Artist Unknown, “Untitled” (Janus Head), (1974), whalebone is a recently donated piece that is being entered into the permanent collection during the collections audit.

For the past few months visitors to the Harbourfront have had to tackle a lot of construction taking place on Queens Quay as part of the Waterfront revitalization project. Additionally, the museum has been undergoing some pretty major changes of our own. In previous posts we introduced new layouts for our permanent collection, asked for your input for what sorts of information should be included in our next batch of interpretive texts and installed a new exhibition. While we have been a little quiet on the blog side of things, we have been typing up a storm inputting all your feedback into our panels (which are being printed at this very moment!).

Alongside these new panels we are also creating a brand new labeling system for the individual objects you can see in both our special exhibitions and permanent collections. We’re going to dedicate a separate blog to introduce our new designs and how we have been playing with lots of different looks, but you can take a quick peek here for a sense of how your questions inspired our new look.

Design sample of future new MIA museum object labels

Design sample of future new MIA museum object labels.

You might have noticed that in the above design sample, the accession number has been left unfilled. Part of the process of creating new labels has come out of another important project we have initiated: completing a full collections audit.

And what is a collections audit you ask?
Under the SPECTRUM definition, a collections audit is:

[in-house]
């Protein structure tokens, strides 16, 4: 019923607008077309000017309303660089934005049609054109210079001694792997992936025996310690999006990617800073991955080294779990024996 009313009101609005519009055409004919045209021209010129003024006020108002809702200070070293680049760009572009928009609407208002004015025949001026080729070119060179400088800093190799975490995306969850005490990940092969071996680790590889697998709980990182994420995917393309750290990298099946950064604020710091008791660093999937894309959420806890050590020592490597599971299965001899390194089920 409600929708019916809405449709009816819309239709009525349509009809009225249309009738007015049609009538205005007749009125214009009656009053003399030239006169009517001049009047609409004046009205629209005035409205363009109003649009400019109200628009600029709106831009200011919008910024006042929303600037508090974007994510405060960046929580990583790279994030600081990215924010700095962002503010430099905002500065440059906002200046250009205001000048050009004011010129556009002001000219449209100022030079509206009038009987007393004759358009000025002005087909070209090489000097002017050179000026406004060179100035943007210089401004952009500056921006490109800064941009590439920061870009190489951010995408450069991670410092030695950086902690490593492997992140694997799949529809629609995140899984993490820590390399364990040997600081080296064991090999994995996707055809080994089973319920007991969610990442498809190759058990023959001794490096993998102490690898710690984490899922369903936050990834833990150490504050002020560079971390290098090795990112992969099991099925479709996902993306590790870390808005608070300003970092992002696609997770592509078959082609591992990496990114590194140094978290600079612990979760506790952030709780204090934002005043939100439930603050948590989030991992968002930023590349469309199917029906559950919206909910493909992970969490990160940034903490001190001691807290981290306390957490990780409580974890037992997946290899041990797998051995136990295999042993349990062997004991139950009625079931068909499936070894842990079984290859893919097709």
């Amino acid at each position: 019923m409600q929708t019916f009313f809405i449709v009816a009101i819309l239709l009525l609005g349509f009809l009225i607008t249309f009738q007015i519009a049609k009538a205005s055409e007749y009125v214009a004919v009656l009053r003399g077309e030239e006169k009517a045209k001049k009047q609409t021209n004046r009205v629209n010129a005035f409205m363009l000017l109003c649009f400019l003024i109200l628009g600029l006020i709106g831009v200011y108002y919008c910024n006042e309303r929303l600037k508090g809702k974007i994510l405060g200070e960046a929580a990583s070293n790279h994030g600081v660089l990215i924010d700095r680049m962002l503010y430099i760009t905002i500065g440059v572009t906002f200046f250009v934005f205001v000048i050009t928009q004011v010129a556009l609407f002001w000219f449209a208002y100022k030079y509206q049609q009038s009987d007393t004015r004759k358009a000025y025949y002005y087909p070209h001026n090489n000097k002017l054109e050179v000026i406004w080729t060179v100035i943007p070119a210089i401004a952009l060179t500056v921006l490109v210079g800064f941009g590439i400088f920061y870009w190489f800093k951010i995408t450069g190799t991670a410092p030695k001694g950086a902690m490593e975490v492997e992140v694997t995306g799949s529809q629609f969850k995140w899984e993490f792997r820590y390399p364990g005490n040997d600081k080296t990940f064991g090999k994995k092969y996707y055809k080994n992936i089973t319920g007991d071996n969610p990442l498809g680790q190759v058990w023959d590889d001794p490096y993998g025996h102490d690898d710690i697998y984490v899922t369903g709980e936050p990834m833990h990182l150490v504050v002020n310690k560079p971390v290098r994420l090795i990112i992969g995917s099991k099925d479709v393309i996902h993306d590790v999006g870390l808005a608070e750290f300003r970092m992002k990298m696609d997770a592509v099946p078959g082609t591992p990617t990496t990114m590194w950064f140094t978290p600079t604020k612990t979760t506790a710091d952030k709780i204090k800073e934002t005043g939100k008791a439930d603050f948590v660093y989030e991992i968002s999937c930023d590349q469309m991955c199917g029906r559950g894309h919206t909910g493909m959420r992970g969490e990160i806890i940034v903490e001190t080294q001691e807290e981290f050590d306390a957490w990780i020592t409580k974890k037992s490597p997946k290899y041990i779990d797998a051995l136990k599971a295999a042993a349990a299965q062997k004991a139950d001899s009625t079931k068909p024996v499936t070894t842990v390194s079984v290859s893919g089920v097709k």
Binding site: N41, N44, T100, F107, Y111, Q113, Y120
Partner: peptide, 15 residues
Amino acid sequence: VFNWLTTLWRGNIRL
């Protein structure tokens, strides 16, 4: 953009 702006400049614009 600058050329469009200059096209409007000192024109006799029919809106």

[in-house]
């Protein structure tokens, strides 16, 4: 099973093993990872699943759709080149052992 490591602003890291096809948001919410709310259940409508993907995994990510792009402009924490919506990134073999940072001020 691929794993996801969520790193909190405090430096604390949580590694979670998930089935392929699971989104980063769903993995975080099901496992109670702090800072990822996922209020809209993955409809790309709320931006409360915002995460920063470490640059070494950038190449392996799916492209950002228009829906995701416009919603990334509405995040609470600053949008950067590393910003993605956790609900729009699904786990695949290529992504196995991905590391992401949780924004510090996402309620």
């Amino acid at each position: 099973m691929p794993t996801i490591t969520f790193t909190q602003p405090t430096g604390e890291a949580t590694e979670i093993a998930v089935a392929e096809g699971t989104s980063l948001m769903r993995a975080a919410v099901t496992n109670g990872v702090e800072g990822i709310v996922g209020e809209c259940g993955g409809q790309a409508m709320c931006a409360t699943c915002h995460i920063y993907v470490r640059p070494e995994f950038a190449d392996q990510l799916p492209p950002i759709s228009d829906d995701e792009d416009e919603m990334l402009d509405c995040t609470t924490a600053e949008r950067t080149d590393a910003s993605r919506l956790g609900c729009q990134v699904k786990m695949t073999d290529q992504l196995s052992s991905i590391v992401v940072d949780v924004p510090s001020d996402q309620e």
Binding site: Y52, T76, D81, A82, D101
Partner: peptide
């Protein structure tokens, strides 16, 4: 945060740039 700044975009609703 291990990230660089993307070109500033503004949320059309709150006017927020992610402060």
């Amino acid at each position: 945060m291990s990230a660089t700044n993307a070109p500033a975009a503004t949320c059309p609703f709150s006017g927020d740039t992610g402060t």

The examination of objects or object information, in order to verify their location, authenticity, accuracy and relationships… The organisation must have a policy covering the auditing of the collections and related information. Refer to Policies and Legal Context chapter for general guidance on collections management policies.

The procedure for managing and documenting audits must:

  • Ensure that the organisation maintains, manages and documents a regular review of the objects in its collections and the information relating to them;

  • Ensure that the audit of objects is based on the physical presence of the objects;

  • Ensure that all relevant object-related documentation is updated as required in a timely manner;

  • Ensure that remedial action is taken as required, following discovery of missing objects, wrongly or inadequately documented objects, or undocumented objects;

  • Ensure that, wherever possible, inventory checks are conducted or witnessed by a person not responsible for their custody or record-keeping

As part of best practices, it can refer to a small section of the collection, or if you’re keeners like we are, the ENTIRE collection!

As we went through the permanent collections cases we noticed that there were some inconsistencies, such as files that weren’t in the proper locations or objects that did not have multiple photographs to show the piece at different angles. These types of errors come pretty standard across museums, and despite the fields limited resources you will always be able to find that one passionate detective who pulls a Nancy Drew in search of runaway documentation. This kind of project has been the source of  many a internship and looking at past presentations from networking events like Museums Showoff TO you can learn more about how other institutions solved their mini museum mysteries.

This fall we will also be putting together a team of  collections interns, who will be documenting what types of pieces they will be working with, how they are investigating the collections, and what kinds of documents they are looking for. So stay tuned to meet the team and learn more about some of the behind the scenes moments that make up a part of an objects life inside the museum!

- Posted by: Brittany Holliss, MIA’s Digital Asset Coordinator